December 2004: Seminars in Arthritis and Rheumatism
J W Graham, W Jan
Systemic lupus erythematosus (SLE) can affect any part of the central nervous system (CNS) from the cerebrum to the cauda eqina, giving rise to diverse neurological mainfestations. Despite clinically apparent symptoms and signs, imaging will commonly be normal while at times the magnitude of changes demonstrated on MRI may be out of proportion to the clinical presentation. We describe the MRI techniques used in CNS imaging and the pattern of presentation in SLE.
2003: Lupus
R Handa, P Sahota, M Kumar, N R Jagannathan, C S Bal, M Gulati, B M Tripathi, J P Wali
Neuropsychiatric involvement in SLE (NP-SLE) may not be picked up by routine neuroimaging procedures like computerized tomography (CT) or magnetic resonance imaging (MRI). We prospectively studied the role of single photon emission computerized tomography (SPECT) and magnetic resonance spectroscopy (MRS) in detection of NP-SLE in 20 patients with lupus (10 with clinical NP involvement and 10 without) and 9 healthy controls. MRI abnormalities were seen in 5/10 patients with NP-SLE while the MRI was normal in all the lupus patients without clinical NP involvement...
November 2003: Magnetic Resonance Imaging
J E Jennings, P C Sundgren, J Attwood, J McCune, P Maly
Our objective was to review the frequency and pattern of signal abnormalities seen on conventional MRI in patients with suspected neuropsychiatric systemic lupus erythematosus (NP-SLE). We reviewed 116 MRI examinations of the brain performed on 85 patients with SLE, (81 women, four men, aged 21-78 years, mean 40.6 years) presenting with neurological disturbances. MRI was normal or nearly normal in 34%. In 60% high-signal lesions were observed on T2-weighted images, frequently in the frontal and parietal subcortical white matter...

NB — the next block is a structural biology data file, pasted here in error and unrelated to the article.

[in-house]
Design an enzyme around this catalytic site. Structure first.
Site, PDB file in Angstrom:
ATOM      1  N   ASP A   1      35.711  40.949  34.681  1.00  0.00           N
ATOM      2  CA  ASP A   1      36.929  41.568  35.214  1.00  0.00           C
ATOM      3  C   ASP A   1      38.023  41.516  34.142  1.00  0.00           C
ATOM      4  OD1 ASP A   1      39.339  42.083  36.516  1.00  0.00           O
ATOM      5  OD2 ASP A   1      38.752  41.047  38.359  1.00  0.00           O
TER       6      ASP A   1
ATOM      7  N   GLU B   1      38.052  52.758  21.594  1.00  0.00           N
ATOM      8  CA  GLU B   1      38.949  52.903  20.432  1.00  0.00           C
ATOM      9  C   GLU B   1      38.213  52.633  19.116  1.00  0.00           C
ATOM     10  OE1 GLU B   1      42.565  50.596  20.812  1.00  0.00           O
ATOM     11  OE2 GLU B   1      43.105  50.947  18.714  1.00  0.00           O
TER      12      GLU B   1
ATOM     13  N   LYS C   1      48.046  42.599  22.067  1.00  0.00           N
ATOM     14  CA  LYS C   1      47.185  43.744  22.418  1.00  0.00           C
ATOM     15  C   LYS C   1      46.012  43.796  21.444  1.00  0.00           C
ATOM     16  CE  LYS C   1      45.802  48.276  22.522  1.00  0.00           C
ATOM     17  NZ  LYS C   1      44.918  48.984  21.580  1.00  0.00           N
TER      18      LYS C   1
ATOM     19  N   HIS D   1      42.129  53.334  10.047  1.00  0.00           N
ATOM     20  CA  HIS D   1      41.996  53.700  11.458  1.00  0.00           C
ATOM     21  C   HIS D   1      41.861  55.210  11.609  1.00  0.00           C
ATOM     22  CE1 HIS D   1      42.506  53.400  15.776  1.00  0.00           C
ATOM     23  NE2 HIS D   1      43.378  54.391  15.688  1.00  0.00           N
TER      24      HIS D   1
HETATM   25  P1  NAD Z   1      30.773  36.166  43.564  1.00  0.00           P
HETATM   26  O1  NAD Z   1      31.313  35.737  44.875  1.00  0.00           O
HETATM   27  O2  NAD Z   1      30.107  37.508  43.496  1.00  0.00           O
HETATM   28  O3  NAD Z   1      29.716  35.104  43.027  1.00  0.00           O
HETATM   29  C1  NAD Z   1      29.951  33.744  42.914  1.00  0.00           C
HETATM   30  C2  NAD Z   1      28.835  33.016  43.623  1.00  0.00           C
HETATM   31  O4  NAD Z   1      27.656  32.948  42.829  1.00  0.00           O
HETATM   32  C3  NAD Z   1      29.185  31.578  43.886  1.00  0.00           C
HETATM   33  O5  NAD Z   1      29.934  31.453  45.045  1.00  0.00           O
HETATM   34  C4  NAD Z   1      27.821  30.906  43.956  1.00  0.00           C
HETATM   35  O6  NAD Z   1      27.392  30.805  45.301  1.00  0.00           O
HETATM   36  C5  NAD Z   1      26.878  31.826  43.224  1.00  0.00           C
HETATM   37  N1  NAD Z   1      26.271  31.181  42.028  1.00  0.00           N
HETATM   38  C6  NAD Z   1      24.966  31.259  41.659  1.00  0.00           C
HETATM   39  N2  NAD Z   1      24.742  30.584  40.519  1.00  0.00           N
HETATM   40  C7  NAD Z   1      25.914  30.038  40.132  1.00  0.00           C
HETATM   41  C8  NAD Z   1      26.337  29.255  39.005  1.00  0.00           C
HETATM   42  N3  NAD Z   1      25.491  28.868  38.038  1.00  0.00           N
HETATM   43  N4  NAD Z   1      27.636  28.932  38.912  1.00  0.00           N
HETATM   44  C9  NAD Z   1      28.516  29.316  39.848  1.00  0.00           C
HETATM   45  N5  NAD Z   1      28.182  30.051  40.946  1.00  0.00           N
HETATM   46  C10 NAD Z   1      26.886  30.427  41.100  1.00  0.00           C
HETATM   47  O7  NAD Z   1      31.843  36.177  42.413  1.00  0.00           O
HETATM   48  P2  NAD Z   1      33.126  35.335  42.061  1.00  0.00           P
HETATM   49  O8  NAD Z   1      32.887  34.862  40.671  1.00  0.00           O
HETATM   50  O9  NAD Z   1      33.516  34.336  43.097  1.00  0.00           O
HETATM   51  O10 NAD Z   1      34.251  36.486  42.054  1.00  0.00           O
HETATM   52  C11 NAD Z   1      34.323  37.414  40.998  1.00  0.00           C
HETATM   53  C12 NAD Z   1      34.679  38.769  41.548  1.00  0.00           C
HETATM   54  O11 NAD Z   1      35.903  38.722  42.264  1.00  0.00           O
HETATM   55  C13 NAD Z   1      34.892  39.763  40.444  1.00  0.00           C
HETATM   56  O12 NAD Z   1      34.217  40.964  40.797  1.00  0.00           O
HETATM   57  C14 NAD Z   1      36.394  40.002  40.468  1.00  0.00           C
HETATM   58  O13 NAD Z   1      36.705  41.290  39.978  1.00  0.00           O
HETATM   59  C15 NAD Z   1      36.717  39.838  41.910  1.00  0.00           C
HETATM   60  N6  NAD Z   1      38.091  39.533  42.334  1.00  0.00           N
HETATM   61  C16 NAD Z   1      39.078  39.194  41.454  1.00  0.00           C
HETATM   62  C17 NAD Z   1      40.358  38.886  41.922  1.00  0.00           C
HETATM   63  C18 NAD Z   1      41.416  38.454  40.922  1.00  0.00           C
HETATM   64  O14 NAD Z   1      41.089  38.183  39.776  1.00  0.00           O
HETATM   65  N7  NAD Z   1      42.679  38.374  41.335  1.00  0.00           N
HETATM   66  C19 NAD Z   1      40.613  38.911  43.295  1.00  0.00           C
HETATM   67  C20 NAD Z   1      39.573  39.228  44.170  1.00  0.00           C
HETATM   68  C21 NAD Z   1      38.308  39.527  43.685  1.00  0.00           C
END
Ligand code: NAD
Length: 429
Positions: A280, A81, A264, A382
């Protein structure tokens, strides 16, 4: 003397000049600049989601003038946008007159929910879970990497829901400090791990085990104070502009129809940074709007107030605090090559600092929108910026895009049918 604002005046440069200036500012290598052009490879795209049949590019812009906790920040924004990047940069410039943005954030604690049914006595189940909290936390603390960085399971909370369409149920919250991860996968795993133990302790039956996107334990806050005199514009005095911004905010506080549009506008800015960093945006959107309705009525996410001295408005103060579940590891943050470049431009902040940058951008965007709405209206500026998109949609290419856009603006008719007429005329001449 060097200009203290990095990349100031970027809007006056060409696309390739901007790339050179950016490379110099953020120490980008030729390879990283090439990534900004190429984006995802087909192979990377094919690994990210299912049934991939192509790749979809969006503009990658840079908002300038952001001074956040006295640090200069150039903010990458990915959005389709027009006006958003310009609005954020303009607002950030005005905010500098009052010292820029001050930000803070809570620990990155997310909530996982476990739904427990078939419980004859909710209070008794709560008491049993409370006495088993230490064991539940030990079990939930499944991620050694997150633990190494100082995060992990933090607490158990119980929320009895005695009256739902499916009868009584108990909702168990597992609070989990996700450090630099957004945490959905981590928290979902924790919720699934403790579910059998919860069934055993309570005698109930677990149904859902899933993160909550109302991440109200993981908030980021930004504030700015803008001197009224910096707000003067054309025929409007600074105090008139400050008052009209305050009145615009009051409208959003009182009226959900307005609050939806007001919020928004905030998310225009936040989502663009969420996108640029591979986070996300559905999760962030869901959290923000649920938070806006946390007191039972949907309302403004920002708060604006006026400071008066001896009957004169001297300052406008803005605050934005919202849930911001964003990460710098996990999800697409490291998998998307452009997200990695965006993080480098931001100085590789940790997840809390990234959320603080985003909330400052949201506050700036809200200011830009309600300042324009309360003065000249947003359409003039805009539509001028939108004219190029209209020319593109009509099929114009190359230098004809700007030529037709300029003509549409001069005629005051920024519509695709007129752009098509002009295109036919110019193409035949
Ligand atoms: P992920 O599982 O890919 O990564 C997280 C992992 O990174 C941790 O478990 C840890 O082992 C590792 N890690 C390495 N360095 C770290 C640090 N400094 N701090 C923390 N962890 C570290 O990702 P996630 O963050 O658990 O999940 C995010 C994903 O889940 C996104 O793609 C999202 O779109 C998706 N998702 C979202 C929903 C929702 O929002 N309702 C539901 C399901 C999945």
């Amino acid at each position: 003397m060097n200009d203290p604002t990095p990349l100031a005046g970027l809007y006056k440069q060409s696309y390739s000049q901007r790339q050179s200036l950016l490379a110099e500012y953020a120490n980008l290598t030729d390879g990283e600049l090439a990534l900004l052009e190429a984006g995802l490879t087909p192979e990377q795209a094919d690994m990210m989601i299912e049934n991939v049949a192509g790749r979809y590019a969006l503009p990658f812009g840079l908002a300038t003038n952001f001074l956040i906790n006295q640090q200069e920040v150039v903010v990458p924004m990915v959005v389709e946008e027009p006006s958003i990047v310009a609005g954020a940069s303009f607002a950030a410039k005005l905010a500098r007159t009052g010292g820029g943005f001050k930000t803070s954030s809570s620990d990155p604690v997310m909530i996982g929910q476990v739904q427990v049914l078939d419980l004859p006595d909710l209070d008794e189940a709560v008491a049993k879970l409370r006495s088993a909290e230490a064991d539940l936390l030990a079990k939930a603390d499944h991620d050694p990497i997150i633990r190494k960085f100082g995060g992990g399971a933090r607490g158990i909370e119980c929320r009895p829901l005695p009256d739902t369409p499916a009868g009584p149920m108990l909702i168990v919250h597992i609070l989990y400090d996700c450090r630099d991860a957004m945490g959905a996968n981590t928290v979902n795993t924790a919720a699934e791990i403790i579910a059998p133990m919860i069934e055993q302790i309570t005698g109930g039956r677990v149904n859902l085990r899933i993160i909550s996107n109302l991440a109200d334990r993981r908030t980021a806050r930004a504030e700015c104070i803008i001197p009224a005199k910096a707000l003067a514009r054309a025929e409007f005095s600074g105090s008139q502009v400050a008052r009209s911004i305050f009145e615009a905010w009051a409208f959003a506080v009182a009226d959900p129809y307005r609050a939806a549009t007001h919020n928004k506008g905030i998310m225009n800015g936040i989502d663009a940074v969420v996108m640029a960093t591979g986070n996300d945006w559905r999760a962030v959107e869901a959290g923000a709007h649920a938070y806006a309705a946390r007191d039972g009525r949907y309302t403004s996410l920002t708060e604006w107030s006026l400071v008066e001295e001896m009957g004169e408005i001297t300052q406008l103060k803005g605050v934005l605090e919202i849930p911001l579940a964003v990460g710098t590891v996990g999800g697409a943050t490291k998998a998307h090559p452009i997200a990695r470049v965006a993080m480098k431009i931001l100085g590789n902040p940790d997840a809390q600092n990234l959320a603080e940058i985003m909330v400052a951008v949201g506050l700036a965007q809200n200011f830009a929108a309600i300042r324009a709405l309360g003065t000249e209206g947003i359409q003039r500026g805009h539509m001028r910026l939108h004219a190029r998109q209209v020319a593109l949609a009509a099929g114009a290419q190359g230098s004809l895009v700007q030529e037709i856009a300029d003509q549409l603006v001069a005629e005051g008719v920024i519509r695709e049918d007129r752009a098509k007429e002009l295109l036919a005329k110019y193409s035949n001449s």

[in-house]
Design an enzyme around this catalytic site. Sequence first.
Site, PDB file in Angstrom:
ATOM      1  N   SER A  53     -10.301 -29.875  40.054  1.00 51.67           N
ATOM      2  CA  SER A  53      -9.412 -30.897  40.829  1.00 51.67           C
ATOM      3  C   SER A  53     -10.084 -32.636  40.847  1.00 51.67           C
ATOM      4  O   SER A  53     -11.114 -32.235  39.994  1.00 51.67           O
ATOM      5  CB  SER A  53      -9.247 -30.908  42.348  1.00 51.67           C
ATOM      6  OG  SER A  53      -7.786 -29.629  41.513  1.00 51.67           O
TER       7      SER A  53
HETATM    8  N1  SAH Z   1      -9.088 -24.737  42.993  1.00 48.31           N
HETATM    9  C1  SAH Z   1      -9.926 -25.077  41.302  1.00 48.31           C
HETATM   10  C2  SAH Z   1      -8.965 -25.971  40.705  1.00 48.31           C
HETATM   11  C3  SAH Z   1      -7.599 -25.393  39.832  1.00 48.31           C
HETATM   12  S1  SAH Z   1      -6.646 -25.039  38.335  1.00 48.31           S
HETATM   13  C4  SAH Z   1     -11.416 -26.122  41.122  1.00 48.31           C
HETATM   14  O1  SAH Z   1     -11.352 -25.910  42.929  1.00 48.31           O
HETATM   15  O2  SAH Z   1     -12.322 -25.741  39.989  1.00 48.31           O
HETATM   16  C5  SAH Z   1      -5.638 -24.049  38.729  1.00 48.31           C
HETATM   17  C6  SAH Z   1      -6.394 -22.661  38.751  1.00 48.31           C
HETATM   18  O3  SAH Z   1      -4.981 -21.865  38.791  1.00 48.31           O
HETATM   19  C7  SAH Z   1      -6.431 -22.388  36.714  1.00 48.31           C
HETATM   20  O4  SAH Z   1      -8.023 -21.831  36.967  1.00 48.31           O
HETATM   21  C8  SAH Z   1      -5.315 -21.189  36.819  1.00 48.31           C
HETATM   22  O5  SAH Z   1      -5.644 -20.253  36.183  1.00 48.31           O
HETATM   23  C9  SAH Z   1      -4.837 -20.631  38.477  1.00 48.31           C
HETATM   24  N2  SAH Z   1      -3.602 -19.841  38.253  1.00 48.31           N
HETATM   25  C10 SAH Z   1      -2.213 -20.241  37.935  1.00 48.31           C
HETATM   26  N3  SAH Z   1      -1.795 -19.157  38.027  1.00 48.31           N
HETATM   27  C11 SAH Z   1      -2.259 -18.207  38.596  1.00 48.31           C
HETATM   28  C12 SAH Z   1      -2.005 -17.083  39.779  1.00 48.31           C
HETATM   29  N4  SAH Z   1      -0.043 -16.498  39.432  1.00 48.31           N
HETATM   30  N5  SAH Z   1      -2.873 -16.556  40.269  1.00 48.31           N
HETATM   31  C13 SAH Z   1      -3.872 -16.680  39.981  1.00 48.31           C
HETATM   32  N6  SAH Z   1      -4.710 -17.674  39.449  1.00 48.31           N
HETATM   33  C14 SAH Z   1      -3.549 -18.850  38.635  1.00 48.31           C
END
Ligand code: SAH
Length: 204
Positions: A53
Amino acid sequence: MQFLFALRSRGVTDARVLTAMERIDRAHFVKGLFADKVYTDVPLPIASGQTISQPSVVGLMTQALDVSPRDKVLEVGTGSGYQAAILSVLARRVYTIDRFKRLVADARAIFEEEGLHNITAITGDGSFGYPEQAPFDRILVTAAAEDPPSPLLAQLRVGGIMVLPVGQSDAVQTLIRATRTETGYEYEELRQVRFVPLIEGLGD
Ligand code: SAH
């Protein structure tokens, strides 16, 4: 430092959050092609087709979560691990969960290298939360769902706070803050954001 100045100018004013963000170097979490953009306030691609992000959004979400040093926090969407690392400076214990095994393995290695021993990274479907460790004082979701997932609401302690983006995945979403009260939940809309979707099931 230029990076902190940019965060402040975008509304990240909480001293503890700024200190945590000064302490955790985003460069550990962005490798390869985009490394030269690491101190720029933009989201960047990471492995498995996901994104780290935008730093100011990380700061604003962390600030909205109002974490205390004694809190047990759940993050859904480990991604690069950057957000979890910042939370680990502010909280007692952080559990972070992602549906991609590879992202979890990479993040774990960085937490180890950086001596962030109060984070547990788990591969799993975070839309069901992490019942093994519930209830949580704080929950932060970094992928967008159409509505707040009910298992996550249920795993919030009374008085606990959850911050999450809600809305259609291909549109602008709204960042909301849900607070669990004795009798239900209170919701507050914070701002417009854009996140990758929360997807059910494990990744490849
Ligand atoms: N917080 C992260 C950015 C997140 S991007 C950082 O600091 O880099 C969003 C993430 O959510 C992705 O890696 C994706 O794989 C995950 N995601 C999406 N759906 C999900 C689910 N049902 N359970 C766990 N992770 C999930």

January 2004: Neuroradiology
S C A Steens, G P Th Bosma, R ten Cate, J Doornbos, J M Kros, L A E M Laan, G M Steup-Beekman, M A van Buchem, T W J Huizinga
BACKGROUND: The course of central nervous system systemic lupus erythematosus (CNS-SLE) is largely unknown. New imaging techniques are available to assist in monitoring the disease course. OBJECTIVE: To report a case of juvenile CNS-SLE, in which magnetic resonance imaging (MRI) was used to assess disease activity. CASE REPORT: A 10-year-old female patient with SLE presented with convulsions; MRI and computed tomography (CT) of the cerebrum disclosed abnormalities...
June 2003: Annals of the Rheumatic Diseases
M Mortilla, M Ermini, M Nistri, G Dal Pozzo, F Falcini
OBJECTIVE: The aim of the present study was to assess and monitor brain damage in patients with pediatric onset systemic lupus erythematosus (SLE) using non-invasive techniques such as magnetic resonance imaging (MRI) and proton magnetic resonance spectroscopy (H-MRS). METHODS: Twenty-four SLE patients, both symptomatic or asymptomatic for central nervous system (CNS) involvement, and 20 controls were examined. Each individual underwent a diagnostic MRI using a 1...
January 2003: Clinical and Experimental Rheumatology
Stefan Markus Weiner, Andreas Otte, Markus Uhl, Ingo Brink, Martin Schumacher, Hans Hartmut Peter